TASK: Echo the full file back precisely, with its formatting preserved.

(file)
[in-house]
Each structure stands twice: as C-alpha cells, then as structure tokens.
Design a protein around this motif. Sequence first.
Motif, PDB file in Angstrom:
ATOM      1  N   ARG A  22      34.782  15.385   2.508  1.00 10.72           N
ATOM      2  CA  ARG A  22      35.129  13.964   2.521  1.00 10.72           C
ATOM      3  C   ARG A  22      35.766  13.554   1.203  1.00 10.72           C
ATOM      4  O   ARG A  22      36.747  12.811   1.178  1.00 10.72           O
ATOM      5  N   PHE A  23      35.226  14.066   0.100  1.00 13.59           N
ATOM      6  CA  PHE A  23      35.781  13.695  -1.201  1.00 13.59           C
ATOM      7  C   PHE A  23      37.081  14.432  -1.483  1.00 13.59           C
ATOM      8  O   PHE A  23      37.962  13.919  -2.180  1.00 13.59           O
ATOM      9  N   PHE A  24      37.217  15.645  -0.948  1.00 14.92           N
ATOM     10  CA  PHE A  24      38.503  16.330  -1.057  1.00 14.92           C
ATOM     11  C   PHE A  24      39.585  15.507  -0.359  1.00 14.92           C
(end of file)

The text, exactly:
[in-house]
Each structure stands twice: as C-alpha cells, then as structure tokens.
Design a protein around this motif. Sequence first.
Motif, PDB file in Angstrom:
ATOM      1  N   ARG A  22      34.782  15.385   2.508  1.00 10.72           N
ATOM      2  CA  ARG A  22      35.129  13.964   2.521  1.00 10.72           C
ATOM      3  C   ARG A  22      35.766  13.554   1.203  1.00 10.72           C
ATOM      4  O   ARG A  22      36.747  12.811   1.178  1.00 10.72           O
ATOM      5  N   PHE A  23      35.226  14.066   0.100  1.00 13.59           N
ATOM      6  CA  PHE A  23      35.781  13.695  -1.201  1.00 13.59           C
ATOM      7  C   PHE A  23      37.081  14.432  -1.483  1.00 13.59           C
ATOM      8  O   PHE A  23      37.962  13.919  -2.180  1.00 13.59           O
ATOM      9  N   PHE A  24      37.217  15.645  -0.948  1.00 14.92           N
ATOM     10  CA  PHE A  24      38.503  16.330  -1.057  1.00 14.92           C
ATOM     11  C   PHE A  24      39.585  15.507  -0.359  1.00 14.92           C